Bear Stearns Jurors: I’d Invest With Them

bear-stearnsNot only did the government lose its case against two top Bear Stearns managers but at least one juror came away wanting to invest with them.

Prosecutors missed the mark so widely in the fraud trial of Bear Stearns Cos. hedge fund managers Ralph Cioffi and Matthew Tannin that a juror said after their acquittal she would invest with them if she had the money.


The funds collapsed in 2007, as did Bear Stearns itself less than a year later. The defendants, according to juror Serphaine Stimpson, were made “scapegoats for Wall Street.”


Stimpson said she came into the trial thinking both Cioffi and Tannin were guilty of the fraud, insider-trading and conspiracy charges. She said she began to have second thoughts as the testimony progressed and defense lawyers “tore the government witnesses apart.” “We just weren’t 100 percent convinced,” said Stimpson, 27, an office coordinator at Brooklyn College. “As the witnesses began to testify, I had my doubts.”

Key parts of the government’s case relied on e-mails written by the defendants.  The men claimed in e-mails and conversations with investors to be adding their own money to the funds in the months before their collapse, the U.S. alleged. Neither man added any money to the funds, once valued at $20 billion, prosecutors said.

The defense argued Cioffi and Tannin were innocent of any wrongdoing and had remained honestly optimistic about the funds’ health. E-mails which the men sent were more ambiguous than the government alleged, the lawyers for the two men said.

Jenny McCaughey, of Deer Park, on New York’s Long Island, served as the jury forewoman. She said the e-mails presented by the government as evidence cut both ways. “They said one thing and another thing,” McCaughey said. “The government didn’t give us enough evidence to go on.”

Aram Hong, a juror from Woodside, Queens, said the exchanges between Cioffi and Tannin shown to the jury proved to her that the two men were working “24-7” to save the funds in the months before they collapsed. She noted a defense exhibit that showed the fund managers were working at 4 a.m. “If this was really a fraud case, they wouldn’t have worked that hard,” said Hong, 27, a food and beverage director at the Iroquois Hotel in midtown Manhattan, adding that she would invest with the two men if she had the money.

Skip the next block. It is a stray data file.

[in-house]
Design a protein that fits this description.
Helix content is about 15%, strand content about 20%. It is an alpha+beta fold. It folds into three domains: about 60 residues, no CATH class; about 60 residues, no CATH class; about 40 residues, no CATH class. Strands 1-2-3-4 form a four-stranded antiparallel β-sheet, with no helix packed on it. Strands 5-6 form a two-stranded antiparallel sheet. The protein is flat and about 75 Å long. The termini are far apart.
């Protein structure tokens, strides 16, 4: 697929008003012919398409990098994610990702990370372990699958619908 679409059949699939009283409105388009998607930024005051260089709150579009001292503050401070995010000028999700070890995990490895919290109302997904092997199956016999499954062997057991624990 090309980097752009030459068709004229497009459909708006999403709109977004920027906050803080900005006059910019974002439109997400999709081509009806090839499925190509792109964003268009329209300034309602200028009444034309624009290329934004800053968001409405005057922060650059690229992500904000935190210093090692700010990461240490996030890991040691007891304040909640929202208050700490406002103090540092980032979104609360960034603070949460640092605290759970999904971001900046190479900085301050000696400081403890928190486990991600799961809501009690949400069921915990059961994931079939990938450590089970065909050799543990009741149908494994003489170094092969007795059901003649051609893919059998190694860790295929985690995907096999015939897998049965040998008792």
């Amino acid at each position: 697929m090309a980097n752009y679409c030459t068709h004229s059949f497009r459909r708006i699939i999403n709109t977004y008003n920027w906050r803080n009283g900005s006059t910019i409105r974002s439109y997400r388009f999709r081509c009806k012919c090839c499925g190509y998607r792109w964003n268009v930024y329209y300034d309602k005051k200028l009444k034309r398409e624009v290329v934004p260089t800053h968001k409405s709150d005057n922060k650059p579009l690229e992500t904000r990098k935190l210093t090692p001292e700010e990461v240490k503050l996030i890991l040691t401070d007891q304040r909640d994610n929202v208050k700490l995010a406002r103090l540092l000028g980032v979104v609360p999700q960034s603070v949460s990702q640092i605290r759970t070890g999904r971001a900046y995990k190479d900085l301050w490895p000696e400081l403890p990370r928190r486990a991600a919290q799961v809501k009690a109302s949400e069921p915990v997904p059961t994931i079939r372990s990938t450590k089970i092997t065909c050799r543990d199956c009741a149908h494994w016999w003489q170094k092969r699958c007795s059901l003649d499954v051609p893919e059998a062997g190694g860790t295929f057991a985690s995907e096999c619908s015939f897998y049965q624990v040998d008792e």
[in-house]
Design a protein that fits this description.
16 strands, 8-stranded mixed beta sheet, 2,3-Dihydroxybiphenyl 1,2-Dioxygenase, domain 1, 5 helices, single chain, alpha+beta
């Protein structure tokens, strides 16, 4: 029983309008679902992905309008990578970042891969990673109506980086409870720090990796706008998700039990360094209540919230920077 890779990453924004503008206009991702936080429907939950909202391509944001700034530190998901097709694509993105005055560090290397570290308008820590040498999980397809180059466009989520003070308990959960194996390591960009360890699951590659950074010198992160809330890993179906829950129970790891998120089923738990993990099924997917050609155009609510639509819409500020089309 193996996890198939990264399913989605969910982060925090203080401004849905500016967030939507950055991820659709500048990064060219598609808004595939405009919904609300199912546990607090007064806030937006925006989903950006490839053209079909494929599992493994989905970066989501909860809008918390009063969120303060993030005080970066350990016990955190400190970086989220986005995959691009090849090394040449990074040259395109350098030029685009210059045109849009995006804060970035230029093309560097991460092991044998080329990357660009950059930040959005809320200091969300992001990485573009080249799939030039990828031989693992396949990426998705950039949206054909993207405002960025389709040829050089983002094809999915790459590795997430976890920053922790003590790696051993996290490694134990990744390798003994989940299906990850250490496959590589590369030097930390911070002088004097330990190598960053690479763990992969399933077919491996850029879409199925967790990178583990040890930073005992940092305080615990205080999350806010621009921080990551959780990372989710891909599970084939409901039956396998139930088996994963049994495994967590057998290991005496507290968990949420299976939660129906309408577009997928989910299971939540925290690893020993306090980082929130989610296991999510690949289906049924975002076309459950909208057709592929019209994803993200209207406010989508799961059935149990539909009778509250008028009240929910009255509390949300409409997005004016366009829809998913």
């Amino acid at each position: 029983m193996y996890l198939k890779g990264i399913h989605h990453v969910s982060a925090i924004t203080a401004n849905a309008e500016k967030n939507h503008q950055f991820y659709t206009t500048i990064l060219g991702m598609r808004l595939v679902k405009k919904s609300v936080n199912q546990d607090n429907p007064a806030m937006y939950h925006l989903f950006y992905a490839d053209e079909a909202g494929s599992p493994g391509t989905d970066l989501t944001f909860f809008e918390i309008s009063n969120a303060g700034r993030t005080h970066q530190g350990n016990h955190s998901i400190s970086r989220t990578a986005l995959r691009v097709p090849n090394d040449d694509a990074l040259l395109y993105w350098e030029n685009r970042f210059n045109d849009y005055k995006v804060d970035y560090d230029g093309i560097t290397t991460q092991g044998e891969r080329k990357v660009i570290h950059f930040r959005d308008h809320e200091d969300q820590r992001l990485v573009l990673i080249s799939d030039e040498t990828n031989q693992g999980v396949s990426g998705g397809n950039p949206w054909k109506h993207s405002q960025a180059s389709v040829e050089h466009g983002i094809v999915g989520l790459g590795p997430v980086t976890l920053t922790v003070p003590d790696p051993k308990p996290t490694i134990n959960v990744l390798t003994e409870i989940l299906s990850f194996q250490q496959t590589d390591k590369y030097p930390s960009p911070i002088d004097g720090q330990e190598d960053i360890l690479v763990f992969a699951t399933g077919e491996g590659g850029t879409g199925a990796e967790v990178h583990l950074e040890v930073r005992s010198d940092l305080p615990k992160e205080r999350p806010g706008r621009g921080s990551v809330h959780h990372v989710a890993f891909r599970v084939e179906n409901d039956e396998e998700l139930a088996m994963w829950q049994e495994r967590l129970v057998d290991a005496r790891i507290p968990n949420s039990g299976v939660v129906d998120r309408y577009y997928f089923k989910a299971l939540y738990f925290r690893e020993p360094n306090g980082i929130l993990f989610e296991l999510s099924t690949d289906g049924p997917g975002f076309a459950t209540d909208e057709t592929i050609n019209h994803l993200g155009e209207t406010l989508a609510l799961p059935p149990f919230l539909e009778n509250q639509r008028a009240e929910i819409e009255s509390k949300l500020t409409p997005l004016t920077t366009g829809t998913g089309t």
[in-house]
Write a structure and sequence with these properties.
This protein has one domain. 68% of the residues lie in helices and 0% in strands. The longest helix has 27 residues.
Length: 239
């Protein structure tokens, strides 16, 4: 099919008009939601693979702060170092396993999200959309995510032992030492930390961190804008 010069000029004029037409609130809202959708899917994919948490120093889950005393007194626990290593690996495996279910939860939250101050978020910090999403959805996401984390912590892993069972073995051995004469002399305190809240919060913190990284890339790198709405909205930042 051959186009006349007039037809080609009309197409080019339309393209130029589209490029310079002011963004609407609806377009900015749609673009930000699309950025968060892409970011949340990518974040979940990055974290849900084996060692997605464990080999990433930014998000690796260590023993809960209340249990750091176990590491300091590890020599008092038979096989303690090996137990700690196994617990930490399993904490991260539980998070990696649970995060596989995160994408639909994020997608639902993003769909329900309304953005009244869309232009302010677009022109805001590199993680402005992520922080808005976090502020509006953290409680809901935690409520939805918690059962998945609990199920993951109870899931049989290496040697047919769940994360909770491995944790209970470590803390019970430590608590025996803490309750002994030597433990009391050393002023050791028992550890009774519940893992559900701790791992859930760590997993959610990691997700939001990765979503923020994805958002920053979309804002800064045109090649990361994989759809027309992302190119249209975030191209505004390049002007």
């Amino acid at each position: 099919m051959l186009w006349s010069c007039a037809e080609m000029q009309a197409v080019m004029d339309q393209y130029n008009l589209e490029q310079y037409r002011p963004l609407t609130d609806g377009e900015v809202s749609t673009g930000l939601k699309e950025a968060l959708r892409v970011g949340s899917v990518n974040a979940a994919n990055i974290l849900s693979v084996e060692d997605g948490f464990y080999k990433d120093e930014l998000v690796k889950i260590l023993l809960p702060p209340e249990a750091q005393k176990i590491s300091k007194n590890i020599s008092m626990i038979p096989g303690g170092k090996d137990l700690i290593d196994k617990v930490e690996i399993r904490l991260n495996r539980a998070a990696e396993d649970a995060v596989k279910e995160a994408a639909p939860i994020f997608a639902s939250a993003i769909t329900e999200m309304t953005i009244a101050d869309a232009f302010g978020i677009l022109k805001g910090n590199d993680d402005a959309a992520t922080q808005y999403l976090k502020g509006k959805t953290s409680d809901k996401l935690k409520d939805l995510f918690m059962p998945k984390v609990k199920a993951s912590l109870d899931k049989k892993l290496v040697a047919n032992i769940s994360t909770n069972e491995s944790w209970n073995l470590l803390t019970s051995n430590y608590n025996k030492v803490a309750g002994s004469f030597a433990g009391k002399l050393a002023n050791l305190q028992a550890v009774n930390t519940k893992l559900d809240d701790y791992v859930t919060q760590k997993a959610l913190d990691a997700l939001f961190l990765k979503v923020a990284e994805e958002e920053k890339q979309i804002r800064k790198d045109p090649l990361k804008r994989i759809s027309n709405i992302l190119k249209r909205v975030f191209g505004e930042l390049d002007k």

This is a fascinating outcome, in that jurors were naturally disposed to convict.  These companies collapsed when dubious business practices finally proved unsustainable, helping take down the global economy.  And these guys were making millions!

But it certainly looks as if, at a minimum, these guys were overcharged.  They may well have been guilty of malfeasance and failure to perform due dilligence, although whether that rose to a criminal level I can’t say. But fraud seems a ridiculous charge given the evidence.

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James Joyner
About James Joyner
James Joyner is Professor and Department Head of Security Studies at Marine Corps University's Command and Staff College. He's a former Army officer and Desert Storm veteran. Views expressed here are his own. Follow James on Twitter @DrJJoyner.


  1. Steve Verdon says:

    Overcharging is the standard approach that prosecutors take when the accused wont accept a plea deal. Throw everything you possibly can at them so that the sentences start to pile up and up and up. Even if there is only a slight chance of conviction on all counts when you are looking at 60 or 70 years of possible jail time people suddenly are a lot less likely to put up a defense and take the deal.